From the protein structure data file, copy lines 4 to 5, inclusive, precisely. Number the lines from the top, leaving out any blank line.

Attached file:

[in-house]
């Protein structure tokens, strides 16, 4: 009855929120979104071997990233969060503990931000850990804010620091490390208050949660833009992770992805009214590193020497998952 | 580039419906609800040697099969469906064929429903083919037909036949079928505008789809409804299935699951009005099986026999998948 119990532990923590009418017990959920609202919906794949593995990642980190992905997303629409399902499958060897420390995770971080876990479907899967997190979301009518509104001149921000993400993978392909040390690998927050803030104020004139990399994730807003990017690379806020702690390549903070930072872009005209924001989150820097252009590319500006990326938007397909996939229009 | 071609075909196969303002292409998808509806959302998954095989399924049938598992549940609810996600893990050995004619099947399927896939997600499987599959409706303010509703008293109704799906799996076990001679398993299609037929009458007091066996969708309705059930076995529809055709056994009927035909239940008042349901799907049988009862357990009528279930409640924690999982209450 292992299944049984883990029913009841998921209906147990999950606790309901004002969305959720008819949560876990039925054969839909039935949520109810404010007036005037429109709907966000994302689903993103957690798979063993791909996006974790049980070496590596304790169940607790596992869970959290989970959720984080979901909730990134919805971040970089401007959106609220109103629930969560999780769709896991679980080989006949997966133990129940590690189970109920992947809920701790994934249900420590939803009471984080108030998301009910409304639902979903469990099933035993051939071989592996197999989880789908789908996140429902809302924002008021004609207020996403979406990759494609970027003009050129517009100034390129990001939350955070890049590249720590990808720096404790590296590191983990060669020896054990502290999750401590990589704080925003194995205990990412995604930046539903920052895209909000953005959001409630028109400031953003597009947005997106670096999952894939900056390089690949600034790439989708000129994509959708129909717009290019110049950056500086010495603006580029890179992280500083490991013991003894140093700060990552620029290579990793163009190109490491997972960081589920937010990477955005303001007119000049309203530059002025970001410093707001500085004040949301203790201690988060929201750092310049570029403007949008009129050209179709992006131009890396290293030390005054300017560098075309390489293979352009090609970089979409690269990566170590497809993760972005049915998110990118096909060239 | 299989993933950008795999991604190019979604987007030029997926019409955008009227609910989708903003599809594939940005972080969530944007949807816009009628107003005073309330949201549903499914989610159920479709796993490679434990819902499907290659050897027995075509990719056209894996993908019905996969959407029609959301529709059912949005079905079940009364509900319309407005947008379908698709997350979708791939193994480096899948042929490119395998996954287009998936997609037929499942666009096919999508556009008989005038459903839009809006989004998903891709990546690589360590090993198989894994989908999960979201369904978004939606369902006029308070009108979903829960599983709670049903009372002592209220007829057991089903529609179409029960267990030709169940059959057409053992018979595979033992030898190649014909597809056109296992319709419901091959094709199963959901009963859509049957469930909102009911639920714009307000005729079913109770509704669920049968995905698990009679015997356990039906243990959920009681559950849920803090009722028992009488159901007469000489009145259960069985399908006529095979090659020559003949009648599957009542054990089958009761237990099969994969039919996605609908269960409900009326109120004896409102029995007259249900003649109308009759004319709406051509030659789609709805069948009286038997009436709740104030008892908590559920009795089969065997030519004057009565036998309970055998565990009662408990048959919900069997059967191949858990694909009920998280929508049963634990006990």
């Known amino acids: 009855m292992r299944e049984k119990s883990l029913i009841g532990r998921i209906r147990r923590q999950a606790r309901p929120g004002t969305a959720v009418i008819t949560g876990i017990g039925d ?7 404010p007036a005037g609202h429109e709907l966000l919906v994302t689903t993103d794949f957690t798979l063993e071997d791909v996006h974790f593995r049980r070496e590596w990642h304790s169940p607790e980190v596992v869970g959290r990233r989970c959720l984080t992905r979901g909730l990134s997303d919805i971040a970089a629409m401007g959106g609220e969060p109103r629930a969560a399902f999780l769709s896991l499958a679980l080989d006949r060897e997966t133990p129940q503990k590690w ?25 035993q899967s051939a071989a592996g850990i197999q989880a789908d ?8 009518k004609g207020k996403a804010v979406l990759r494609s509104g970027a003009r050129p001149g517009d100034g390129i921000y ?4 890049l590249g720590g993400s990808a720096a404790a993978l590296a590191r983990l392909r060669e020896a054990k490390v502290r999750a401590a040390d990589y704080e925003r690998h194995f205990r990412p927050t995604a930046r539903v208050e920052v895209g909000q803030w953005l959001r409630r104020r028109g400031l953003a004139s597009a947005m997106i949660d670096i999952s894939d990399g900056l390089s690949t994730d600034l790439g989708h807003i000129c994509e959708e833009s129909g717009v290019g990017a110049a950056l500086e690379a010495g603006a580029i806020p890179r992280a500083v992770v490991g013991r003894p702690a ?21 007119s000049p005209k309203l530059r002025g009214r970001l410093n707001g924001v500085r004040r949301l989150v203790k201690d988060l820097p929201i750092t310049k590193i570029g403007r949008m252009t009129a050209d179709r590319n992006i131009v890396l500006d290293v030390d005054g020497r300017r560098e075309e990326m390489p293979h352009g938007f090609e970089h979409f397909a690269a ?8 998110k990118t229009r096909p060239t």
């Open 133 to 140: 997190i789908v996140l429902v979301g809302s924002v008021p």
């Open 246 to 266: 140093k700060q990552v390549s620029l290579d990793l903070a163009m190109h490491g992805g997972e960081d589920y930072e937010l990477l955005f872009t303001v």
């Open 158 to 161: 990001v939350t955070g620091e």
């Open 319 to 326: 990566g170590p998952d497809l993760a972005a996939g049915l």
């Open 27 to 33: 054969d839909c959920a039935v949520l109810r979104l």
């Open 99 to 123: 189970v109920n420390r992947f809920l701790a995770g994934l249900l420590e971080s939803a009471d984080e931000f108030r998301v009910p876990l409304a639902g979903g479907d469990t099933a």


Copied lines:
């Open 133 to 140: 997190i789908v996140l429902v979301g809302s924002v008021p």
């Open 246 to 266: 140093k700060q990552v390549s620029l290579d990793l903070a163009m190109h490491g992805g997972e960081d589920y930072e937010l990477l955005f872009t303001v």